Governance and Management
The museum is
governed by 9 trustees who form the Executive Committee (Exec). They
meet on average every 6 weeks to monitor income and expenditure,
agree the annual events timetable, and discuss engineering works and
The day to day
operation of the museum is carried out by 5 full and part time staff
supported by a team of approximately 100 regular volunteers who look
after visitors, restore, maintain and operate the infrastructure,
locomotives and rolling stock, and care for the collection of smaller
objects and the library.
The majority of
these volunteers come as visitors and then volunteer their services.
We are seeing an increase of volunteers being recruited by word of
mouth. Paid members of staff are recruited by adverts in the
appropriate places. All appropriate training is given, including
training for safety critical roles and customer care. A
volunteers handbook is currently being created, along with
guidance notes for different roles. We place great pride in our
customer care and we encourage all volunteers who are engaged with
users to wear corporate clothing. Volunteers who are involved in
restoration are always eager to talk about their projects.
We are constantly
updating point of sale procedures to ensure that we can help and
process all users in the best way possible. Our aim is for all users
to be able to identify staff and volunteers and ask for help or
information should they need it during their visit.
Many of the
volunteers have been with the museum for over 10 years, some for up
to 40 years. Efforts to recruit younger volunteers to work alongside
them, and in due course replace them, have not been very successful.
Without a pool of appropriately trained volunteers there will come a
time when we will not be able to run trains, let alone restore and
In the summer of
2014 we worked with an external facilitator to review the way the
organisation is run. We became aware that the Exec spends too much
time dealing with operational matters to the detriment of planning
for the medium and longer term. The blurred boundaries between
governance and management and the inability to take a strategic view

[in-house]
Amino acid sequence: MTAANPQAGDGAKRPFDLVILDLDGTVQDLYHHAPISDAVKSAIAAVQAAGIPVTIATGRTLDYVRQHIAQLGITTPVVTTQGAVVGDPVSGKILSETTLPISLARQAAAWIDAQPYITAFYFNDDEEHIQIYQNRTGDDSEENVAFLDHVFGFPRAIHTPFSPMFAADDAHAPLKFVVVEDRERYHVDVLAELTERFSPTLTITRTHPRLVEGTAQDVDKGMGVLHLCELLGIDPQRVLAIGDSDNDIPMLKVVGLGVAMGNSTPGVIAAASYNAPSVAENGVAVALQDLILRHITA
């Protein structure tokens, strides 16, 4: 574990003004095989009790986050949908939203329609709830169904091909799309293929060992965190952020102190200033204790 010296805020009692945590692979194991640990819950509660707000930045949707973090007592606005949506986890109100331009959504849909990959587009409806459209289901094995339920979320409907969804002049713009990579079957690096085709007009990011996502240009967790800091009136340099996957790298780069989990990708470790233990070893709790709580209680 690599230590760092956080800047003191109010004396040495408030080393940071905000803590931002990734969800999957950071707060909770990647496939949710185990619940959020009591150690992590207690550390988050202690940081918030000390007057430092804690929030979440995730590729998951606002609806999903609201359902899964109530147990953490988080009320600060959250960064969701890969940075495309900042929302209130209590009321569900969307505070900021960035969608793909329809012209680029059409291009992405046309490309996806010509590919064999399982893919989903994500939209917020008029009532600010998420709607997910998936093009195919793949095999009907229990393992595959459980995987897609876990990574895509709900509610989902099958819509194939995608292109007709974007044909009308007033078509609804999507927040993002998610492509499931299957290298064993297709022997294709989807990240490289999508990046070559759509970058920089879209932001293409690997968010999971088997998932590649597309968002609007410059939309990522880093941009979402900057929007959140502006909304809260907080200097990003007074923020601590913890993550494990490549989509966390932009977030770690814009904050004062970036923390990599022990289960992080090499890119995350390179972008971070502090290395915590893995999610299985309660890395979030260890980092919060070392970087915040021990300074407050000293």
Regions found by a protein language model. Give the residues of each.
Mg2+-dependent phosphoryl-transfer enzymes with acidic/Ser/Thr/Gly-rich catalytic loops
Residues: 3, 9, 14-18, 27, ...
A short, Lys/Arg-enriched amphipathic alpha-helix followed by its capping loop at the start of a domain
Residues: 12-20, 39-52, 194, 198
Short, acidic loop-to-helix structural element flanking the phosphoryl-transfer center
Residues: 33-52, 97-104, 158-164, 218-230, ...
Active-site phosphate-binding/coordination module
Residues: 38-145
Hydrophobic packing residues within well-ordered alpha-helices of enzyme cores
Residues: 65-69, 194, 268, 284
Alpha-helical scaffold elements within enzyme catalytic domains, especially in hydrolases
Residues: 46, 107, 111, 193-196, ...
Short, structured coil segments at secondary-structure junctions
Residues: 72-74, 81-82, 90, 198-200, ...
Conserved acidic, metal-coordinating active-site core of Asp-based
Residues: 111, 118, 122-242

of what needs to be done have resulted in a loss of corporate
purpose. During a workshop attended by most of the Exec, paid staff,
and key volunteers, everyone agreed that there was a lack of
coordination and poor communication between the many teams
responsible for operating the museum. This fragmentation means that
unless we change the way we run ourselves, the museum will gradually
decline and eventually be forced to close. Fortunately most of our
workforce is loyal to the museum and wants it to prosper.
A priority for
2015 will be to put in place some measures for ensuring that the Exec
delivers its governing responsibilities more effectively, and
delegates the management and operation of the museum to committees
and teams that are accountable to the Exec. The recommended solution
is to establish working groups with terms of reference defining their
roles and responsibilities, each led by one Trustee and comprising
two or three paid staff and/or volunteers, as appropriate.
We also need to
improve the way we communicate and share our vision with staff,
volunteers and QRS Members. The working group structure will help us
develop greater cohesion between the disparate groups of volunteers,
and ensure they are better supported and more accountable in the way
they carry out their duties.
There is also an
urgent need to recruit more, and younger, volunteers who can be
trained to appropriate standards and ensure that the museum survives
as an operating railway for the next generation of visitors.